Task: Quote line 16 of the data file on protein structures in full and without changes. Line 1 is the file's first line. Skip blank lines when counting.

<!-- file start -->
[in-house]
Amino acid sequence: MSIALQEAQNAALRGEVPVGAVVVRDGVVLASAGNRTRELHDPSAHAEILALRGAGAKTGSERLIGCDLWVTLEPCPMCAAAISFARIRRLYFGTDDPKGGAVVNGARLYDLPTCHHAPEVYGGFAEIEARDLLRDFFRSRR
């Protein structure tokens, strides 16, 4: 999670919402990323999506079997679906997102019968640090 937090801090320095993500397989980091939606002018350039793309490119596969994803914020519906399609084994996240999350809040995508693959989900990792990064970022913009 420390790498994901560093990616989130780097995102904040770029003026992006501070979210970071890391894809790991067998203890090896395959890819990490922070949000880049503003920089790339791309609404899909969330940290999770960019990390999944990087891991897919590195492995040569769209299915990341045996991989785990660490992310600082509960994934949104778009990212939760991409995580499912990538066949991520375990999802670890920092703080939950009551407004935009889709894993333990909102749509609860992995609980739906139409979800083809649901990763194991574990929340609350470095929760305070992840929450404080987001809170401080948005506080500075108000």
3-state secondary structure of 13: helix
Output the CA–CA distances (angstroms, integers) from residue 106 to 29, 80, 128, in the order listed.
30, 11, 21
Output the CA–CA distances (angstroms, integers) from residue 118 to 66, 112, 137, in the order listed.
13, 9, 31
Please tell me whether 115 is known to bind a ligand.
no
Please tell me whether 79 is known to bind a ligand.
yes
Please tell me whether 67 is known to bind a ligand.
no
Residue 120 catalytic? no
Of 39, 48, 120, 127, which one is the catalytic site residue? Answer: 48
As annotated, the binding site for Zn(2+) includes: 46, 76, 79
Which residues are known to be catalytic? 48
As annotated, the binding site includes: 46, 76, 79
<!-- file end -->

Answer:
Of 39, 48, 120, 127, which one is the catalytic site residue? Answer: 48